In 1987, five young men, using brutally honest rhymes and hardcore beats, put their frustration and anger about life in the most dangerous place in America into the most powerful weapon they had: their music. Taking us back to where it all began, Straight Outta Compton tells the true story of how these cultural rebels-armed only with their lyrics, swagger, bravado and raw talent-stood up to the authorities that meant to keep them down and formed the world's most dangerous group, N.W.A. And as they spoke the truth that no one had before and exposed life in the hood, their voice ignited a social revolution that is still reverberating today.Written by
Despite the success of the movie, the film has not been screened in Compton. Because the city doesn't have a cinema. See more »
On the unrated director's cut; when Dre Dr. Dre talks to one of his homies in the car about not getting anything done in the new studio - from behind the background is a traffic barrier (blocking off the street for filming) with modern day cars passing by along with a present day police vehicle. See more »
[Dre meets up with Suge in the hospital to visit The D.O.C. who had just been in a car accident]
DOC shouldn't even be alive. Got thrown out of a car, hit a tree.
Is he paralyzed?
Nah. But his throat got crushed. He could lose his career over this. Where your people? Where Eazy and Jerry?
How the fuck should I know?
[in the hallway]
What you know about Jerry? What you think about him?
He all right. I guess.
What about your paperwork? You cool with that?
[...] See more »
The only opening credits are graffiti writings of the main characters and their actors. See more »
Just Another Day
Written by Game (as Jayceon Terrell), Stat Quo, Asia Bryant
Performed by Game (as The Game) feat. Asia Bryant (as Asia)
Courtesy of Aftermath Entertainment/Interscope Records
Under license from Universal Music Enterprises
Contains a sample of "Fang Jai Viangjan"
Written & Performed by Thepporn Petchubon
Courtesy of Soundway Records Ltd/Kartel Music Ltd See more »
If nothing else, Straight Outta Compton is entertaining to say the least.
Straight Outta Compton tells the the story of the most influential group in hip-hop and rap, that group being N.W.A or as Eazy-E so gracefully puts it N****s With Attitudes. Directed by F. Gary Gray, Straight Outta Compton is, without a doubt, his best work behind the camera. However, by traditional standards, that isn't saying much. Gray is no stranger to N.W.A, Ice Cube or Dr. Dre having directed numerous music videos featuring their music. While the film is a very nice "fairy tale" telling of a story filled with tension, violence and rage, it lacks the balls to tell the actual story. Instead, the film picks and chooses what to tell and what to leave out, very strategically as well considering the film is two and a half hours plus. Starting with the streets of Compton, we are introduced to each character with a bang. Each of them getting their own introduction as if they were folk heroes or something, whether it is petty crime or writing rap lyrics, the film shows these characters with a sense of heroism to them no matter what they're doing. The best performance out of the group would have to be Corey Hawkins as Dr. Dre. Hawkins delivers in every scene he's in, making it a true standout performance among actors that sometimes feel like they're in over their heads, more specifically Jason Mitchell, who plays Eazy-E. Mitchell feels more like a caricature of the late rapper rather than an actual actor portraying a real life counterpart. The film moves quickly enough and focuses long and hard on all of the partying, the women, the guns and the drugs, so much so that you start to wonder whether the film is a N.W.A music video tribute. Despite the falsehoods, the glorification and the shaky performances, Straight Outta Compton works well as an entertaining film. The only downside of this film is its haphazard statement on Police Brutality. While that is as prevalent as a topic can get for a film from 2015 about N.W.A, that was not the highlight of the group. The highlight of the group was the fight against the censors. A fight that they won, obviously. Despite that truth, the film wallows in trying to be a message about police brutality rather than a film about these men, their flaws and their triumphs, their ups and their downs. Unfortunately, it leaves us knowing nothing new about these people and at two and a half hours, we should leave this film knowing every little detail about them. Instead, we're left wanting more out of them. Overall, Straight Outta Compton ends up being an entertaining film about some of America's favorite rap artists instead of an important one.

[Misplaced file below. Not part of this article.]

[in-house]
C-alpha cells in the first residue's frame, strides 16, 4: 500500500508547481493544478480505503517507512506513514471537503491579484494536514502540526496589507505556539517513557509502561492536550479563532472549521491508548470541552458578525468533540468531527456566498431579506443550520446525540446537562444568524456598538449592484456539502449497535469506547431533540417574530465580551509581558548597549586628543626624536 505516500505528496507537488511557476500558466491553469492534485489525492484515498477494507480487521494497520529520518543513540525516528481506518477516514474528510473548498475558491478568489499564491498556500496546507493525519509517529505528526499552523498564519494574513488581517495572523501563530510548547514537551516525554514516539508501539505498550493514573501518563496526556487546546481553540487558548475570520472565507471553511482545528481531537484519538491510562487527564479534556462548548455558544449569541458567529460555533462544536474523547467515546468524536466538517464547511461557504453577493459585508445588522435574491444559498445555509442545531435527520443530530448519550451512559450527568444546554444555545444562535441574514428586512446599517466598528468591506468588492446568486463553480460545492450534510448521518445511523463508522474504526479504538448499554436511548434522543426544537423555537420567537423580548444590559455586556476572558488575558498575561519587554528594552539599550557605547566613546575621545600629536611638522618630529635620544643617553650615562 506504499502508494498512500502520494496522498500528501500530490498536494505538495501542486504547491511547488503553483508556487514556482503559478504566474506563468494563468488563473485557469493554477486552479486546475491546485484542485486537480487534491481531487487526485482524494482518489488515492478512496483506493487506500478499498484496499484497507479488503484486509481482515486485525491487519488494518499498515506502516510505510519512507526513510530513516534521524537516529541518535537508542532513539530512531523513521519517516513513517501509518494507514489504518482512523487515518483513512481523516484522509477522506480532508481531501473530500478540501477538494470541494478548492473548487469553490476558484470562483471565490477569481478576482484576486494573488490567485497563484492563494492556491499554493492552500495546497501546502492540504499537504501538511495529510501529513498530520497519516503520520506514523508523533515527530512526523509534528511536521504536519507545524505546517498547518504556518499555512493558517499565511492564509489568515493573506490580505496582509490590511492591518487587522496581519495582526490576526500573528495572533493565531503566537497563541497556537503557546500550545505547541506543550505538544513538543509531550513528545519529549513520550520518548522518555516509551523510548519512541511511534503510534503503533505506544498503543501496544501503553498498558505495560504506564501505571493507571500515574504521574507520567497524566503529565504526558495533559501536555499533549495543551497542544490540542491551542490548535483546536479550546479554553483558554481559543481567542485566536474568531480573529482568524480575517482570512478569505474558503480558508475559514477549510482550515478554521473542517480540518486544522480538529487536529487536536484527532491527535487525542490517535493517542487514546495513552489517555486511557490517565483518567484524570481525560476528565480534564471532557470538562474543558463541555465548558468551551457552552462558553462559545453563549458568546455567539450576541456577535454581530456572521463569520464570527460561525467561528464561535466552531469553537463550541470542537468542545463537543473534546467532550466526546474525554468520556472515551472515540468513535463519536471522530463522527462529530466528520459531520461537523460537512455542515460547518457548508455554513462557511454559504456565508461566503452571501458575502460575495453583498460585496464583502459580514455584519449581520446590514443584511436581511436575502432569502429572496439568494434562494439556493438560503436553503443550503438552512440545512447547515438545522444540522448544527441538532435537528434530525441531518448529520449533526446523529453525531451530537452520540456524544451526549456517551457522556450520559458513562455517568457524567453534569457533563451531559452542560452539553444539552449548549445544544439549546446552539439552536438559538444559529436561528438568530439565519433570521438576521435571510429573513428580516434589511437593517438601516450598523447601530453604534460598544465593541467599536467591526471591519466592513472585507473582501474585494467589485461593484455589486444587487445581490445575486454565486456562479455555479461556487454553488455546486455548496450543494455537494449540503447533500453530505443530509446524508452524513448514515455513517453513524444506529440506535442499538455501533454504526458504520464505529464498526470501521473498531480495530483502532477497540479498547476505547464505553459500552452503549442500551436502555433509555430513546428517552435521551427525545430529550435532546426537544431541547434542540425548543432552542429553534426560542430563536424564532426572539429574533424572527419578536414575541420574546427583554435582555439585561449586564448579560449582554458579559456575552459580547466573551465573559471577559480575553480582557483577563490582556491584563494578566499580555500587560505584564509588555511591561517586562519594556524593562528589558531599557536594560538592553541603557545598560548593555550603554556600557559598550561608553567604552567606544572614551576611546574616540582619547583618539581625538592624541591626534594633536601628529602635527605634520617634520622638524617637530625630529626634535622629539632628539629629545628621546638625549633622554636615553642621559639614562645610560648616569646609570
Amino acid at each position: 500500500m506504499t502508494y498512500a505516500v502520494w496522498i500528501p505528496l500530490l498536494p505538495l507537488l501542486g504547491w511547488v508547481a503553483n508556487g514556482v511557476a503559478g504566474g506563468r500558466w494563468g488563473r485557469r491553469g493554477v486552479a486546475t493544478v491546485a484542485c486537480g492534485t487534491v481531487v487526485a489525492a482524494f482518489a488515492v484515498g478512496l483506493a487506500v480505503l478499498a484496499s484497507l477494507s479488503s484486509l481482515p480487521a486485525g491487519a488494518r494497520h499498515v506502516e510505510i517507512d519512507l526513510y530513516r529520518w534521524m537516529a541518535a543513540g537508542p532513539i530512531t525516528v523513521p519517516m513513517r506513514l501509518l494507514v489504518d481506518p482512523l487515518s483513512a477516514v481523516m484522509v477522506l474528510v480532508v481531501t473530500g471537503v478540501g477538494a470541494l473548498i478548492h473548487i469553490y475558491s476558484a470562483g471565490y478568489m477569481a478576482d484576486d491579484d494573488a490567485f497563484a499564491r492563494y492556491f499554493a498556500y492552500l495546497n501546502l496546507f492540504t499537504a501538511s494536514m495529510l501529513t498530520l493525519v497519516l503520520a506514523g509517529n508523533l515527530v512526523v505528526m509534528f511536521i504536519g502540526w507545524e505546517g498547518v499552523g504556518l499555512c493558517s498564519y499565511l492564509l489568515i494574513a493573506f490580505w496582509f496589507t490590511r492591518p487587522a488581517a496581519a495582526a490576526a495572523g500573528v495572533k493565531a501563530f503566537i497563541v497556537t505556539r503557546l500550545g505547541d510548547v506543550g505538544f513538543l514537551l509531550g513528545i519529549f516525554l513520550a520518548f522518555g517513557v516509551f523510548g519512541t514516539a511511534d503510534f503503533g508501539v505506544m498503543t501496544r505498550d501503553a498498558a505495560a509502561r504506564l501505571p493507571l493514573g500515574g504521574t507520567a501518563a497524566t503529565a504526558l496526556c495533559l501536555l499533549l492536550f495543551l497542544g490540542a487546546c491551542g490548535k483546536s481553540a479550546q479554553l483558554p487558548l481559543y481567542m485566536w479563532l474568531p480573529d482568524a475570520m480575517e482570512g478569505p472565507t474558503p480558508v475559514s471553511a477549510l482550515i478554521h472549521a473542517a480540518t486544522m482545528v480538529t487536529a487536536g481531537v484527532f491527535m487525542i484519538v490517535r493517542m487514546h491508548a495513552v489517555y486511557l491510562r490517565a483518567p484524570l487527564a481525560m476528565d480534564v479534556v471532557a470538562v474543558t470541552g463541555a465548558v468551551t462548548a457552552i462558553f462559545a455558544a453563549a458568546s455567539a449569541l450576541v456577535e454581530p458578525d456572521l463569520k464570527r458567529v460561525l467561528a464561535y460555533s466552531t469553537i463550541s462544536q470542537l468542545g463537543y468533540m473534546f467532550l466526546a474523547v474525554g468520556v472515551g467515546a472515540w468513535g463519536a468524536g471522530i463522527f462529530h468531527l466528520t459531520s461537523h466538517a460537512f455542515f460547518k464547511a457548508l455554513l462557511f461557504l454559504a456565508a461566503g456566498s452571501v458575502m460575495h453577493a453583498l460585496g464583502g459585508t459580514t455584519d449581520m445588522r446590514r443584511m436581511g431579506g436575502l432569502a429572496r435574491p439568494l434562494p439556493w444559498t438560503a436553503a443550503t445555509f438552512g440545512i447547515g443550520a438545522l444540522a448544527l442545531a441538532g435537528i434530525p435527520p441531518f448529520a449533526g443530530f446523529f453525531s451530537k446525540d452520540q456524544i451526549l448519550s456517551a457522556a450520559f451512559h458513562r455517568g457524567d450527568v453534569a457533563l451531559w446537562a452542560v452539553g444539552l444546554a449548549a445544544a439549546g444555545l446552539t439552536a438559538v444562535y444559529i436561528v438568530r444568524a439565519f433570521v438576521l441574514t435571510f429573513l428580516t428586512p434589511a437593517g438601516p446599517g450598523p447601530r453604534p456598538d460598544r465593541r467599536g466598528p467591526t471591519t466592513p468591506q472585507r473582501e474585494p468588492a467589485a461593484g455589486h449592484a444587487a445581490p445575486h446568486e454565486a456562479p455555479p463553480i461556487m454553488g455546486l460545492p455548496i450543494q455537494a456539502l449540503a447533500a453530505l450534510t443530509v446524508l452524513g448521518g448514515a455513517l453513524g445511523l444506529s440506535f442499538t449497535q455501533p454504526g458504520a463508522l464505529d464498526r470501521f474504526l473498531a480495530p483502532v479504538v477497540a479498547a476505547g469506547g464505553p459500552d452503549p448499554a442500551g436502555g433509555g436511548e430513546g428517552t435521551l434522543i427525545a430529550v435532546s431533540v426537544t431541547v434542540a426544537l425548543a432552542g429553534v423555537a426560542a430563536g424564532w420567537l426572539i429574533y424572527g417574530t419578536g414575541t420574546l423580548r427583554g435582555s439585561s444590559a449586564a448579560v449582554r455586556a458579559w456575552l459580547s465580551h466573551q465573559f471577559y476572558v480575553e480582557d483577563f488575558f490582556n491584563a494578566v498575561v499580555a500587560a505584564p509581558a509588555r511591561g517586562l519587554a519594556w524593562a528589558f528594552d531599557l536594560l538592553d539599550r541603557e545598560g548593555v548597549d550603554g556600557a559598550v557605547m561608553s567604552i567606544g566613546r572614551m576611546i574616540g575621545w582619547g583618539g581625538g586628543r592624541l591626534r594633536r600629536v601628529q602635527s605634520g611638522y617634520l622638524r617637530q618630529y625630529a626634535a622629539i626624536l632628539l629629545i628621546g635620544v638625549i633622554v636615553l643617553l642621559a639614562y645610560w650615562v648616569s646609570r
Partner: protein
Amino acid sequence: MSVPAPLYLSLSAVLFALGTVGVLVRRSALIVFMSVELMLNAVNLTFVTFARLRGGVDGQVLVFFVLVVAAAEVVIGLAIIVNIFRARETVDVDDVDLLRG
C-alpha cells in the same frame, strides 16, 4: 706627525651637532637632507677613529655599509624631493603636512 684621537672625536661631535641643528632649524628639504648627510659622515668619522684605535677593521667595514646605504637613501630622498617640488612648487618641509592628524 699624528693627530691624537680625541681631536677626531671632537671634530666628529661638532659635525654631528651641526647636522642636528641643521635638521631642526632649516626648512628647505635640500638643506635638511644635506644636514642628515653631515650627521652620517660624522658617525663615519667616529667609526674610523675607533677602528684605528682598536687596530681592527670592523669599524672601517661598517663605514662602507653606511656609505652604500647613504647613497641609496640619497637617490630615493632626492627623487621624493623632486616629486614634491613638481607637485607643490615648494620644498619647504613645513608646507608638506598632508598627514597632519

32 of 81 people found this review helpful.
Was this review helpful to you?
| Report this